"see the daylight, that's right"

Indeed, that attitude - that everyone else is a worse driver than you - is pervasive right across society. Nothing on this programme is going to address that mindset. Laughing at poor drivers will only give a sense of superiority to those people who need to think about their roadcraft.

This column would far sooner see Britain's Best Driver, celebrity or otherwise, challenging people to improve their driving skills, to learn new tricks, and perhaps to make sensible driving sexy for a change. But no, that wouldn't give the opportunity to laugh at other people, or attract as many phone votes so that Channel 5 can make its money back.

Bad driving. It's not just hip, it's profitable.

Moron Celebrities

Back in 2001, Piers Morgan was editing a national daily newspaper. He made a big thing - almost four years ago to the week - that his organ would stop printing anything about minor celebs. No more would he talk about people who were famous purely for being famous, give space for puff pieces about those promoting their wares without actually having any news. The campaign collapsed around its own weight of pomposity after a few months, and by the time Mr Morgan was forced to resign last year, his paper had pointless celebrities on almost every page.

By 2005, Piers Morgan is presenting a weekly political chat show that no-one watches (a new series started last night, and even though they'd dragged on Dr Fox to prop up the ratings, we missed it, so no change there), and is still on a crusade against minor celebs. And he's only gone and commissioned a scientific opinion poll to back up his findings, confirming that these people are famous only for being very friendly with footballers or television presenters, or being a bodyguard for created pop stars. As opposed to being a created pop star, or pretending to be someone else.

Celebrity Love Island came in for a lot of criticism, as did The Farm, and everyone ever involved with Mr David Beckham (an association football player in Madrid). There was far less criticism of the people who made it possible for the current crop of vapid celebrity to come to the forefront, because Mr Morgan is not so daft as to launch a crusade against the tabloid press culture he helped to foster. No, he let Anne Robinson do the criticising. So no change there, either.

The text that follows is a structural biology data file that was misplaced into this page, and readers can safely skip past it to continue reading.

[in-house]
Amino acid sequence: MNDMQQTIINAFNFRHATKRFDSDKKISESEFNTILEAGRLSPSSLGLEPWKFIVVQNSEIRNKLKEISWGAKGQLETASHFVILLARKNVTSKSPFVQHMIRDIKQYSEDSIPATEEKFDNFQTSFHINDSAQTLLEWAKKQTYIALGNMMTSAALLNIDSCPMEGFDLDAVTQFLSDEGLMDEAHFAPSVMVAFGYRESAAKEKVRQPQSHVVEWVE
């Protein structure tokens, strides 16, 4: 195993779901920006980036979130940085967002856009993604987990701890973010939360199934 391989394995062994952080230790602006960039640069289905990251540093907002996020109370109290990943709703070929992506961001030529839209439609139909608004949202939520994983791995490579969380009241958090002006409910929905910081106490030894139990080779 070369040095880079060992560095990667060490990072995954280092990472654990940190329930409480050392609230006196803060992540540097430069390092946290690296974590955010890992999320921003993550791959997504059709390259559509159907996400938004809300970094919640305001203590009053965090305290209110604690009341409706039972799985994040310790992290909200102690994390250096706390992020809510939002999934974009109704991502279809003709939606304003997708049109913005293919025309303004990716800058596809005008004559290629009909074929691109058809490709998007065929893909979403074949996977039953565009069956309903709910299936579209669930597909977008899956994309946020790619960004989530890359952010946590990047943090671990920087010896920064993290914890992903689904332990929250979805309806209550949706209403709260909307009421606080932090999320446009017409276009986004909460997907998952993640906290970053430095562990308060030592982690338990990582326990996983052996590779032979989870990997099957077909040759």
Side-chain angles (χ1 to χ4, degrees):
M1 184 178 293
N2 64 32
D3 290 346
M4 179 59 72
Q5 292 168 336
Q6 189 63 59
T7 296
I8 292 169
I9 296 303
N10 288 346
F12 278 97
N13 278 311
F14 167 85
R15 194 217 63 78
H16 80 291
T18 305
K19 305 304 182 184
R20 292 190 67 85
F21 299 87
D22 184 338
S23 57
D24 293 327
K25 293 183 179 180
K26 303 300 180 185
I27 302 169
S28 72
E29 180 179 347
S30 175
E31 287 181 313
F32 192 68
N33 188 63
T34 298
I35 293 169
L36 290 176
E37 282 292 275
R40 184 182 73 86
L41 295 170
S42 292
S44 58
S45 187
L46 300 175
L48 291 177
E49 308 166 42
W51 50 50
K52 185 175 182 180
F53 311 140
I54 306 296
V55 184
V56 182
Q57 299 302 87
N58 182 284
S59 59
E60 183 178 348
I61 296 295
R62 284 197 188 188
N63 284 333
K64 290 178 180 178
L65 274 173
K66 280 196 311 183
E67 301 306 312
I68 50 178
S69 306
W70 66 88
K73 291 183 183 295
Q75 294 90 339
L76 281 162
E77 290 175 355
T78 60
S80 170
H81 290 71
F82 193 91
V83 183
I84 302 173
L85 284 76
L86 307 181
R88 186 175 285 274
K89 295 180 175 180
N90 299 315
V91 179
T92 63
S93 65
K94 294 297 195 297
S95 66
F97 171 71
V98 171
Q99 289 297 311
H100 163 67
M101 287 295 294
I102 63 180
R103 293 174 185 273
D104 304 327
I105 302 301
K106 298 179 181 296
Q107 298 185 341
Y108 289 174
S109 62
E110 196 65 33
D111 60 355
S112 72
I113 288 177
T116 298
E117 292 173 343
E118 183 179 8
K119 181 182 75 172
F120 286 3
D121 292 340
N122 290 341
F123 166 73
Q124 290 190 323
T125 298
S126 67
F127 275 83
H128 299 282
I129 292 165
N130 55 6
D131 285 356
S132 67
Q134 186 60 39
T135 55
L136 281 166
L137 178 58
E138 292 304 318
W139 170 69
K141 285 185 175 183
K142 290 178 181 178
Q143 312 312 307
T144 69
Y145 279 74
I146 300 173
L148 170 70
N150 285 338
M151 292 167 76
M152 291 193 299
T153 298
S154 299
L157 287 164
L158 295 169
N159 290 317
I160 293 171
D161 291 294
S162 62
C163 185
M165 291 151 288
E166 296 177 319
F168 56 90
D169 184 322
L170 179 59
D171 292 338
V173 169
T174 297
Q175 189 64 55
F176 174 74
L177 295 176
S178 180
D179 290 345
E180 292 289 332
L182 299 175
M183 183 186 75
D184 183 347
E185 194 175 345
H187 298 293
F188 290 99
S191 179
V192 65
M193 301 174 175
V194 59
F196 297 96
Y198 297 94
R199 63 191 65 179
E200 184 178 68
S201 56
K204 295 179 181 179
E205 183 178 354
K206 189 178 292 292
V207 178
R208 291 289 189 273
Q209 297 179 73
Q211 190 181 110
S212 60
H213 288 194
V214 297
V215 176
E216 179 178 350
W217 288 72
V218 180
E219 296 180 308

Though Robin Gibb was interviewed, there was no mention of his work on Star Academy, presumably because that show never found anyone completely without talent who has gone on to find fame. Amongst the contestants, that is. Abigail Titmuss (whose claim to fame is still completely nebulous) came in for a lot of criticism for her book, though it's hardly worse than the daily organ edited by Mr Morgan.

Martine McCutcheon, whose career benefited immensely from the media's obsession with soap operas, claimed "We want real celebrity back." Maybe we don't; maybe we want the mystery of celebrity back. The public wants to know all the gossip about people in the public eye, but is not part of the attraction that we don't know all things about them? Is the public not to be allowed its demi-gods, to at least pretend that these people are superior to us? By showing everything about themselves, by taking in the oxygen of publicity, these people are surrounding themselves in a bell jar, and cutting off the draught of mystique.

One highlight was showing one of the pointless wonders reading off a script. Badly. "Some television exec would say - ah, there's something there," suggested Mr Morgan. "They'd be a cretin," said top actor Michael Gambon. Least worst in the contest was Kate Lawler, who was given a slot as a stand-up comic. Curiously, the documentary omitted to give any reaction to her performance, so we must assume that she did well enough not to be bottled off stage, if not getting a standing ovation.